Dubai-born Ed Jones unleashed an impressive drive in the Iowa Corn 300 as he pulled off almost 70 overtakes to finish 13th on a day when extreme tyre degradation cost him a higher result.
The 23-year-old shrugged off a front wing adjustment to place 10th in the opening free practice session on Saturday, before posting a two-lap average speed of 178.720mph to line up eighth on the grid for the 300-lap race.
Behind the wheel of his Dallara-Honda single-seater, the 2017 IndyCar ‘Rookie of the Year’ subsequently improved again to sixth in final practice, leaving him feeling positive about his race day prospects.
On race day, the former European F3 Open champion stormed his way through from 19th up to seventh by lap 86, but tyre issues restricted him to a frustrating 13th place at the chequered flag.
“It was a tough day in the car,” said Jones, who is being coached this year by multiple IndyCar champion and Indy 500 winner Dario Franchitti. “I felt comfortable in the car for the race, but unfortunately the tyre degradation was much greater than we had expected. I think looking at the results, the teams that tested at Iowa last month really had the upper hand.”
The former Dubai English Speaking College and Dubai College pupil currently sits 13th in the IndyCar Series standings on 222 points, 189 points behind leader Scott Dixon of New Zealand.
Next up for Jones is the Honda Indy Toronto on the downtown streets of the Canadian city this weekend.
Oman’s Al-Faisal Al-Zubair returns to the Red Bull Ring at Spielberg in Austria this weekend to take part in the third round of the Porsche Mobil 1 Super Cup.
The Lechner Racing Team Middle East driver finished 11th in the last round of the Formula One support series competition in Monaco and is keen to add a top-10 finish to his tally on the demanding 4.318km circuit.
Al-Wahaibi will be taking part in his first ever round of the Porsche Mobil 1 Super Cup after earning Silver and Rookie success in the Porsche GT3 Cup Challenge Middle East last winter.
Defending champion Michael Ammermuller of Germany currently holds a six-point lead in the championship standings after two rounds, with Al-Faisal Al-Zubair sitting 31 points behind in 14th position.
The Muscat native said: “I am very excited for Austria. I have been on holidays but I have been preparing for the race. It should be a good weekend. The target is a top-10 finish and then we have a double-header in Silverstone the following weekend. Two top-10s would be good.”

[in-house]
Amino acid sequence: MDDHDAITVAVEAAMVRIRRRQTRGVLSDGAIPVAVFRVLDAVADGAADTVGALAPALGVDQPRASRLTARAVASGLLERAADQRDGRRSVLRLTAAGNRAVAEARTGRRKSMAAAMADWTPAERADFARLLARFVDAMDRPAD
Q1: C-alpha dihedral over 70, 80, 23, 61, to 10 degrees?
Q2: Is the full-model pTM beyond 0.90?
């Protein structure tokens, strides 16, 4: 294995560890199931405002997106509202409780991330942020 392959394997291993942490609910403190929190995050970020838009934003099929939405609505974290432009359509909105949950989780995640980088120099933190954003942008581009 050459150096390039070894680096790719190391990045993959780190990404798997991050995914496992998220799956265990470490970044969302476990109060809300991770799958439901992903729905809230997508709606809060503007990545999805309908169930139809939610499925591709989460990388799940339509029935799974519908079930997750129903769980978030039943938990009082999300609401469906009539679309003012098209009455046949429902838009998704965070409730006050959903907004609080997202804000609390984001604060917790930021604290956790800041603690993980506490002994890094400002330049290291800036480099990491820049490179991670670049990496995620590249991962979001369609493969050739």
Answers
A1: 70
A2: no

Al-Wahaibi added: “I am looking forward to heading back to the Red Bull Ring for my first round of the Porsche Mobil 1 Super Cup. This is the highest level of Porsche racing I could possibly do and I am extremely excited to compete against the best drivers out there and see how the weekend works out.”
The third round of the Porsche Mobil 1 Super Cup takes centre stage on the Red Bull circuit from 12.45 (14:45 UAE time) on Sunday.
Fernando Alonso cemented his status as one of the greatest drivers of his era with a scintillating win at the 24 Hours of Le Mans.
The Spaniard, sharing the Toyota car with Kazuki Nakajima and Sebastien Buemi, won the second leg of motorsport’s Triple Crown to add to his two Monaco GP titles and the Indy 500, which he still seeks.
Sunday’s epic win in northwestern France means Alonso is the first driver in almost 50 years to clinch both the Monaco GP and Le Mans titles – since British legend Graham Hill in 1972.
But it wasn’t all rosy for the Japanese manufacturer in their search of the coveted crown.
Trailing stablemates Toyoto No.7 by 2min 15sec early on Sunday morning, Alonso showed his extraordinary ability to adapt, following two sensational overtaking manouevres to cut the gap to 45 seconds.
It was once again another illustration of his immense talents in a competitive car, passing the duties on to Nakajima, who went on to seal a first win for a Japanese outfit since Mazdaspeed in 1991.
The two-time world champion may still be committed to F1 until the end of the season – but his win in Le Mans adds further debate to what could potentially be his final season before he commits full-time to Indy 500 in 2019.
The Spaniard enjoyed an encouraging debut in Indianapolis last season but engine failure forced him to retire 179 laps into the famous 200 lap race.
With fresh motivation, a return to America next May will give him the chance to complete a historic triple crown.
The Oviedo native will turn 37 next month and if this is his swansong season in F1 before moving on to Indy then it’s difficult to argue what he throws his hand to in his free time.
At it stands, Alonso is dovetailing his F1 commitments with racing in the World Endurance Championships – meaning seven extra races between May and the end of this month – on top of his contracted McLaren work.
From Canada last week to Le Mans and beyond, he will race on five consecutive weekends up until July 8 at Silverstone.
As gruelling as his schedule may sound, the industrious Alonso is clearly happy to have multiple commitments and there is no doubt his win in France will give him renewed optimistic that he can flourish in his 17th competitive year in motorsport.
Formula One may be his priority at present, but the unreliability of the McLaren car is enough to demotivate any driver in the sport.
But for all the problems in the cockpit, Alonso always gives 100 per cent on track, clinching five top-8 finishes in the first seven races this season, with retirements in Monaco and Canada – on his 300th grand prix appearance – adding to his mixed results.
After nearly two decades in F1 and 97 podiums, El Nano looks to have lost none of his appetite and will be bidding to continue his sterling form in Le Mans when he steps out at the French GP next week.
It’s likely to be his final year in F1, but if so, let us hang out our greatest colours in celebration for one of the most successful drivers of our era.